James Sasso, Associate Editor
Part I: Health
America, the country of abundance, the country of limitless land, the country with a chicken in every pot, has an unhealthy love affair with food. In fact, I would go further, and say that Americans have a clinical obsession with food. We developed a TV channel dedicated to the idea that people would tune in to watch, not even eat, food. We have movies about restaurants and chefs. There are reality shows about food in which we watch others eat and magazines dedicated to cooking. In such a culture one would think that the American food system held sway as the most sophisticated, sustainable, healthy, tasty and overall benevolent in the world, but it is far from so.
Instead of such a pristine agricultural world, America’s food systems (including meat, fish, dairy and agriculture) are among the most disgusting in the world. American farms cherish size and speed over the quality of the product, which leads away from a more natural method of farming. To ensure size and speed, massive farms employ industrial business techniques where the animals, fruits and vegetables are treated as any other commodity—not one that enters the bodies of humans. Animals are treated to unnecessary hormones and antibiotics to bring them to market size faster, and they are not allowed to move so that they fatten in less time. Vegetables and fruits are manipulated to grow to greater sizes with genetic engineering, the use of chemical-laden fertilizers and by the use of dangerous pesticides.
Sure these techniques permit a greater yield of meat and produce, but at what cost? The animals in factory farms are disease ridden, even with the massive use of antibiotics, because they are living in an unnatural state. Factory farms cram—and I mean cram—as many animals as possible into tight spaces because it simply saves them cost. These businesses want to increase profit at whatever cost to the quality of the product, and they largely can get away with it because farms, even these obviously industrialized farms, are not subject to the same regulation as other polluting, hazardous industries because they are “agricultural.” I won’t get into the gory details (as they are quite scary), but these animals are tormented in the name of cheap meat that everybody can afford, thus increasing the profits of these megafarm companies.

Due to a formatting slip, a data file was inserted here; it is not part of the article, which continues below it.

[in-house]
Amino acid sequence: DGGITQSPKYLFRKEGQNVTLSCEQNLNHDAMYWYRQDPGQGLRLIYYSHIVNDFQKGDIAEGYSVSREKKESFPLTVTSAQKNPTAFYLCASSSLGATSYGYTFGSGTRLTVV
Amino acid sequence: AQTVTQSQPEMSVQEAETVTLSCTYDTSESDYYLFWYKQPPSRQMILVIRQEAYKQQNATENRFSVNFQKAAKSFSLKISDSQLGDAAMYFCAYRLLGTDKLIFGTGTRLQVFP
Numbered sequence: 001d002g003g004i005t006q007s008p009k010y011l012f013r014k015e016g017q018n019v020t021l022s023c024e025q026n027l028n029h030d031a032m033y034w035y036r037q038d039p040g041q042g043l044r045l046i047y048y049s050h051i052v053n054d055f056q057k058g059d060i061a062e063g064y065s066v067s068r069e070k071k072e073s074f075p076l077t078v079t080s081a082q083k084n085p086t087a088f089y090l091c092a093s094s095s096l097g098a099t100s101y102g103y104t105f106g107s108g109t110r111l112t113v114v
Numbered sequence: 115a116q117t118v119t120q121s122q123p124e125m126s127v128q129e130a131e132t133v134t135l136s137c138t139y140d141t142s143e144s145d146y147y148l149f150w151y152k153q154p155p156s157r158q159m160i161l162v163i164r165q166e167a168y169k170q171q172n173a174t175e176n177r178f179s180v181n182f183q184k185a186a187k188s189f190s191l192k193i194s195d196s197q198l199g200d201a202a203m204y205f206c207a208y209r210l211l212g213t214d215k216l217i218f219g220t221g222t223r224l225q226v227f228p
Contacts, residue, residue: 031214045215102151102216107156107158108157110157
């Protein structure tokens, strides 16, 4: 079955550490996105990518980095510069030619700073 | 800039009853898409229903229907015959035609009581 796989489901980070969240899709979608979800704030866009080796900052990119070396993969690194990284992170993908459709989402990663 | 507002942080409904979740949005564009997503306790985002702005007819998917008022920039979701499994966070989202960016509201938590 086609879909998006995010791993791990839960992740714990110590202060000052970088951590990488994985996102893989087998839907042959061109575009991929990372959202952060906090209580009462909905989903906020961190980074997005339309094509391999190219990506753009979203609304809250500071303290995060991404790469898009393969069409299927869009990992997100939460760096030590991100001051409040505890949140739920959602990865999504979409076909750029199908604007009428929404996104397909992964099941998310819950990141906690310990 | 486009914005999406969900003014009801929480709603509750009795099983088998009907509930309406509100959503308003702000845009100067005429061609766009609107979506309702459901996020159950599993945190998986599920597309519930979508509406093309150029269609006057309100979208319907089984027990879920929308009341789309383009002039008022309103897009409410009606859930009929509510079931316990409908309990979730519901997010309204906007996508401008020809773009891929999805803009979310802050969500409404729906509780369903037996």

As for produce, megafarms do not tend to the quality of their individual plants as a small farm would. Produce megafarms literally farm thousands upon thousands of acres and, therefore, need to use more indirect methods of “caring” for their product, namely through the use of fertilizers and pesticides. Normally the word “fertilizer” does not have a negative connotation, but when this farming aid is laced with nitrogen to give the vegetables veritable steroids, one can say that this food is not grown naturally and that this fertilizer is hardly a nurturing cultivator.
Generation Y has grown up in the evolving food culture in America. There certainly are positive aspects to the amount of attention that we give to food, such as an increased awareness of the former-mentioned atrocities, an evolving restaurant revolution where chefs are producing higher quality dishes (using more locally grown ingredients because the customers demand it) and a noticeable return to small, family-run farms. All in all, Generation Y is the most “foodie” generation. We crave not only food to fulfill the dietary needs of the day, but food that tastes delicious and that meets standards of quality.
From a foodie standpoint, let alone an animalist or environmentalist perspective, the modern megafarm system dangerously harms the quality of food. Food travels on average 1,500 to 2,500 miles before it reaches the table! That’s almost half the country! Food products, with the exception of a few, were not meant to travel that kind of distance. Surely refrigeration has aided the shelf life of food, but this does not change the fact that food producers literally have been forced (by their own methods of production) to evolve the food so that it can handle such large journeys. Produce has to come to maturity faster, which increases the amount of time before it rots. Invariably, this affects taste.
Have you ever eaten a strawberry during strawberry season from a local farmer? Does it not taste entirely different from a strawberry sold at Stop and Shop? It’s a fact; local foods grown in season and in a natural manner taste better. Don’t believe that there is a difference? Wait for apple season, and compare; eat an apple from an orchard, and then go eat one from the local megamart. Your life will be changed forever. In the same breath, factory-farmed meat tastes like leather when compared to naturally grown, properly raised, hormone-free, antibiotic-free, locally grown meat. I guarantee that once you eat a steak that has been treated correctly by a local farmer you will never be able to eat a steak from the supermarket, let alone McDonald’s, again.